Management Article

Mike Richman’s picture

By: Mike Richman

Great quality is pretty much the same everywhere, but the cost of poor quality is not equivalent from industry to industry. For example, it’s conceivable (but I hope not probable) that this article may turn out to be a real bomb, or worse, a complete snoozer. What’s the cost of that poor quality? To you, the reader, it will likely mean little except some lost time. For me, as the writer, the reputational hit could be considerable. To Quality Digest, as the publisher of the piece, the fallout could be even worse—lost readers and advertisers.

Taran March @ Quality Digest’s picture

By: Taran March @ Quality Digest

It’s been a year and a month since Stephen McCarthy switched C suites, moving from Johnson & Johnson, where he served as vice president of quality system shared services, to Sparta Systems, where he’s now vice president of digital innovation.

Jack Dunigan’s picture

By: Jack Dunigan

Graham was a salesman of specialty products with a proven record of success. His many years of experience had yielded a high degree of confidence in himself and the products he sold, and an advanced level of competence in his craft as a personable, trust-inspiring, responsible salesman.

Wendy White’s picture

By: Wendy White

Starting a new facility in the food-processing industry is an enormous undertaking. There are thousands of things that must be accomplished, from hiring and training new staff to ordering and installing equipment. This scenario is a perfect example of “too much to do and not enough time to do it.”

Multiple Authors
By: Henrik Bresman, Deborah Ancona

A leading supermarket chain in an eastern European Union country feared an 8-percent drop in sales as discounting giant Lidl was about to enter its market. So, in collaboration with researchers, it decided to run a randomized controlled experiment. The goal was to reduce its costly personnel turnover problem in a bid to improve quality and operational efficiency.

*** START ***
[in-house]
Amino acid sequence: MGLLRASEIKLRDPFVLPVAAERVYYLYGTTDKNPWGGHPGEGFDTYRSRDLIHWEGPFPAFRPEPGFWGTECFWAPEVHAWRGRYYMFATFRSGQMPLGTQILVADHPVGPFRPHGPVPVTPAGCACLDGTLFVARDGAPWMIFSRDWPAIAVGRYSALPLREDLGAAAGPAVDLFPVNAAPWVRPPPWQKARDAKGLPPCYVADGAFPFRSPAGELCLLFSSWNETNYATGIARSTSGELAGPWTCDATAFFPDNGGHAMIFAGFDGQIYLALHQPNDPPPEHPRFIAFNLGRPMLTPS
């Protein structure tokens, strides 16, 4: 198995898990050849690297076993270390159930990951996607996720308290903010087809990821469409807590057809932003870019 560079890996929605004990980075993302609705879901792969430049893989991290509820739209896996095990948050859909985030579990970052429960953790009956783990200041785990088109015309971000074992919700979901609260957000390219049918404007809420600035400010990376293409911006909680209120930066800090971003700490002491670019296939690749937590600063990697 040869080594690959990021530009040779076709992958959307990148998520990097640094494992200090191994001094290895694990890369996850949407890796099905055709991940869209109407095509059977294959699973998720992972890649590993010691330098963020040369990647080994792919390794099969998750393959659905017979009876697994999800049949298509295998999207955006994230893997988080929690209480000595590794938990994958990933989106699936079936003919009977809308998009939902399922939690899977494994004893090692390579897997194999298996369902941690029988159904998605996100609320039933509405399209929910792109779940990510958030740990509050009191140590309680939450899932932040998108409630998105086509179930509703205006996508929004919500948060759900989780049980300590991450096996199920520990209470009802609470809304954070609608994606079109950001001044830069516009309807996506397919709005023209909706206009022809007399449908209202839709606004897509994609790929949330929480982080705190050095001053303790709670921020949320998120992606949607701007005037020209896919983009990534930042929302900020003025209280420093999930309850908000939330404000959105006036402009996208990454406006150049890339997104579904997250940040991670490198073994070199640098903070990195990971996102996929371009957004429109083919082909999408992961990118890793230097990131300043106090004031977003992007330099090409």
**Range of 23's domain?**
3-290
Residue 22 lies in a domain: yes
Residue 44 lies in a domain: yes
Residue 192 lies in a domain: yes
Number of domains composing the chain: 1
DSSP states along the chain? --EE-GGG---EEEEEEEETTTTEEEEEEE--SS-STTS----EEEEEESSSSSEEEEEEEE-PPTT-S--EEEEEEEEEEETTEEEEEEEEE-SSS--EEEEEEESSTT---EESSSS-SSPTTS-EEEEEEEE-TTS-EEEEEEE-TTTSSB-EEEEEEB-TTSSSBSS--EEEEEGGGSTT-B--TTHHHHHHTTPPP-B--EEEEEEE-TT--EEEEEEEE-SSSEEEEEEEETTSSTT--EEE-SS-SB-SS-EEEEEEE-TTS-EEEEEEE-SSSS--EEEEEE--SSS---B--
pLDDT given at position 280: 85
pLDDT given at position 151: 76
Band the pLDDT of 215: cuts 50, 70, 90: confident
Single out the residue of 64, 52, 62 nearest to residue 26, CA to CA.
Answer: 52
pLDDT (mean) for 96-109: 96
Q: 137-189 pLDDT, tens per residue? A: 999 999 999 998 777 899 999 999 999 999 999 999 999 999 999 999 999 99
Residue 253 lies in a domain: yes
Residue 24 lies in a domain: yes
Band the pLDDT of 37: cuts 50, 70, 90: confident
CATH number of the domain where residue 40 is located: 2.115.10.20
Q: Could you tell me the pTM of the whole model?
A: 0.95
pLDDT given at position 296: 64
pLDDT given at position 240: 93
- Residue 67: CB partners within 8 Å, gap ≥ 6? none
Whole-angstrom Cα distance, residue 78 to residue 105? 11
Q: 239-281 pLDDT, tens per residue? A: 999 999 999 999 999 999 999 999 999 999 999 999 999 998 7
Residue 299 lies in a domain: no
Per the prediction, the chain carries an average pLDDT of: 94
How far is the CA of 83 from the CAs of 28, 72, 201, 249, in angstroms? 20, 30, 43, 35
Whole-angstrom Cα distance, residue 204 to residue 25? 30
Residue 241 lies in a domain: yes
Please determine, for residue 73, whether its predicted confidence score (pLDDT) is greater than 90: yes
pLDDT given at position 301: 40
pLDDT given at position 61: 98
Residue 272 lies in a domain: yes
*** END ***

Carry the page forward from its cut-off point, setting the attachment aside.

Eric Stoop’s picture

By: Eric Stoop

In 1982, W. Edward Deming’s Out of the Crisis (MIT Press, 2000 reprint) outlined 14 points by which companies could learn from his success in helping to drive the industrial boom of post-World War II Japan.

Lolly Daskal’s picture

By: Lolly Daskal

When we think of leaders, we don’t often think of failures, but one of the hallmarks of the best leaders is knowing how to fail well.

Successful people are those who have failed at something—and in some cases, many things—but without ever regarding themselves as failures. They take risks, and sometimes the risks work out and sometimes things go wrong, but they remain positive and determined throughout.

Dirk Dusharme @ Quality Digest’s picture

By: Dirk Dusharme @ Quality Digest

We interview Stanley Chao, author of Selling to China: A Guide for Small and Medium-Sized Businesses (iUniverse, 2018), about the impact of the current U.S.-China trade war. Does China really care, and where do U.S. multinationals go from here? Also, a quick look at Conformance Manager, a web-based management system software. Stop using Excel to manage your management system.

Wolfgang Ulaga’s picture

By: Wolfgang Ulaga

Offering free services may seem like a good way to keep customers happy, but how much money is your business leaving on the table? By redefining freebies as paid opportunities, B2B firms can generate new sources of income and secure long-term growth.

Multiple Authors
By: Manfred Kets de Vries, Katharina Balazs

The global wellness industry is doing superbly, thank you very much. In recent years, it grew a healthy 12.8 percent, becoming a $4.2 trillion market. Whether the lives of wellness consumers are improving at a comparable rate is another matter altogether.

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